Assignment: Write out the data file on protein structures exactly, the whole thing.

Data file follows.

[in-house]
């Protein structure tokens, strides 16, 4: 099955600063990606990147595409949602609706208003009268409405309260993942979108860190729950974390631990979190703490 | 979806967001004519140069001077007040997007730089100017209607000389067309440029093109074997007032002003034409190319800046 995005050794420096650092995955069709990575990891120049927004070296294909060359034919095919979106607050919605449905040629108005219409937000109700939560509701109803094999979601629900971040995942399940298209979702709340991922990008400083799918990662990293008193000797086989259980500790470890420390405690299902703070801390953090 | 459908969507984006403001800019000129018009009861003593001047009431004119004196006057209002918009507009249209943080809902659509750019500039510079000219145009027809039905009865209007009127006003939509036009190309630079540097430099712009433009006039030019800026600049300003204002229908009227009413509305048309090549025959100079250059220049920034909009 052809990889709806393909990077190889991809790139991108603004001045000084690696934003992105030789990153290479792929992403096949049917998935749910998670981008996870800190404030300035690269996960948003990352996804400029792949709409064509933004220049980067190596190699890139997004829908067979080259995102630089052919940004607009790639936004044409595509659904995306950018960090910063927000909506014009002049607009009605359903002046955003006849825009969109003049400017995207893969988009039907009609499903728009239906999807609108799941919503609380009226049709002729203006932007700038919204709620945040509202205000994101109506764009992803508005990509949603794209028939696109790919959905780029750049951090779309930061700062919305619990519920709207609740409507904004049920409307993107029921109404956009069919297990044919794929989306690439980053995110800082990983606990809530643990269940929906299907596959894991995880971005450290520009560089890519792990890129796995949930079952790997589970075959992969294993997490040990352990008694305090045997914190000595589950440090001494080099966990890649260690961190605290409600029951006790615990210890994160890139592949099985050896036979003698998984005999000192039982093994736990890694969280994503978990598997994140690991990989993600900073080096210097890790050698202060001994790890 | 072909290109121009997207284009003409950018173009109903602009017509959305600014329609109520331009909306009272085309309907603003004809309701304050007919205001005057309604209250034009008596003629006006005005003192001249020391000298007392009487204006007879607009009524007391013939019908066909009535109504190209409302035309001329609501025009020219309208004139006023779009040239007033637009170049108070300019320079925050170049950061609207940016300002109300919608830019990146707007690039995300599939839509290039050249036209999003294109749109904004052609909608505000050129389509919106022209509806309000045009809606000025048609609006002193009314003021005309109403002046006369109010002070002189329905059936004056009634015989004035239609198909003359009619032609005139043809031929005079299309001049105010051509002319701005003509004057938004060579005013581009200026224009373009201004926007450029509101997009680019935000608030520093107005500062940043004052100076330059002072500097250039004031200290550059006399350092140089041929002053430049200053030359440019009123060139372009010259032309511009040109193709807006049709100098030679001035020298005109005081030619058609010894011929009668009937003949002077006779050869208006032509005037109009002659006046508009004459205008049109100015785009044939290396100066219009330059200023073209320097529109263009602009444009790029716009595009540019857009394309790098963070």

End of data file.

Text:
[in-house]
């Protein structure tokens, strides 16, 4: 099955600063990606990147595409949602609706208003009268409405309260993942979108860190729950974390631990979190703490 | 979806967001004519140069001077007040997007730089100017209607000389067309440029093109074997007032002003034409190319800046 995005050794420096650092995955069709990575990891120049927004070296294909060359034919095919979106607050919605449905040629108005219409937000109700939560509701109803094999979601629900971040995942399940298209979702709340991922990008400083799918990662990293008193000797086989259980500790470890420390405690299902703070801390953090 | 459908969507984006403001800019000129018009009861003593001047009431004119004196006057209002918009507009249209943080809902659509750019500039510079000219145009027809039905009865209007009127006003939509036009190309630079540097430099712009433009006039030019800026600049300003204002229908009227009413509305048309090549025959100079250059220049920034909009 052809990889709806393909990077190889991809790139991108603004001045000084690696934003992105030789990153290479792929992403096949049917998935749910998670981008996870800190404030300035690269996960948003990352996804400029792949709409064509933004220049980067190596190699890139997004829908067979080259995102630089052919940004607009790639936004044409595509659904995306950018960090910063927000909506014009002049607009009605359903002046955003006849825009969109003049400017995207893969988009039907009609499903728009239906999807609108799941919503609380009226049709002729203006932007700038919204709620945040509202205000994101109506764009992803508005990509949603794209028939696109790919959905780029750049951090779309930061700062919305619990519920709207609740409507904004049920409307993107029921109404956009069919297990044919794929989306690439980053995110800082990983606990809530643990269940929906299907596959894991995880971005450290520009560089890519792990890129796995949930079952790997589970075959992969294993997490040990352990008694305090045997914190000595589950440090001494080099966990890649260690961190605290409600029951006790615990210890994160890139592949099985050896036979003698998984005999000192039982093994736990890694969280994503978990598997994140690991990989993600900073080096210097890790050698202060001994790890 | 072909290109121009997207284009003409950018173009109903602009017509959305600014329609109520331009909306009272085309309907603003004809309701304050007919205001005057309604209250034009008596003629006006005005003192001249020391000298007392009487204006007879607009009524007391013939019908066909009535109504190209409302035309001329609501025009020219309208004139006023779009040239007033637009170049108070300019320079925050170049950061609207940016300002109300919608830019990146707007690039995300599939839509290039050249036209999003294109749109904004052609909608505000050129389509919106022209509806309000045009809606000025048609609006002193009314003021005309109403002046006369109010002070002189329905059936004056009634015989004035239609198909003359009619032609005139043809031929005079299309001049105010051509002319701005003509004057938004060579005013581009200026224009373009201004926007450029509101997009680019935000608030520093107005500062940043004052100076330059002072500097250039004031200290550059006399350092140089041929002053430049200053030359440019009123060139372009010259032309511009040109193709807006049709100098030679001035020298005109005081030619058609010894011929009668009937003949002077006779050869208006032509005037109009002659006046508009004459205008049109100015785009044939290396100066219009330059200023073209320097529109263009602009444009790029716009595009540019857009394309790098963070």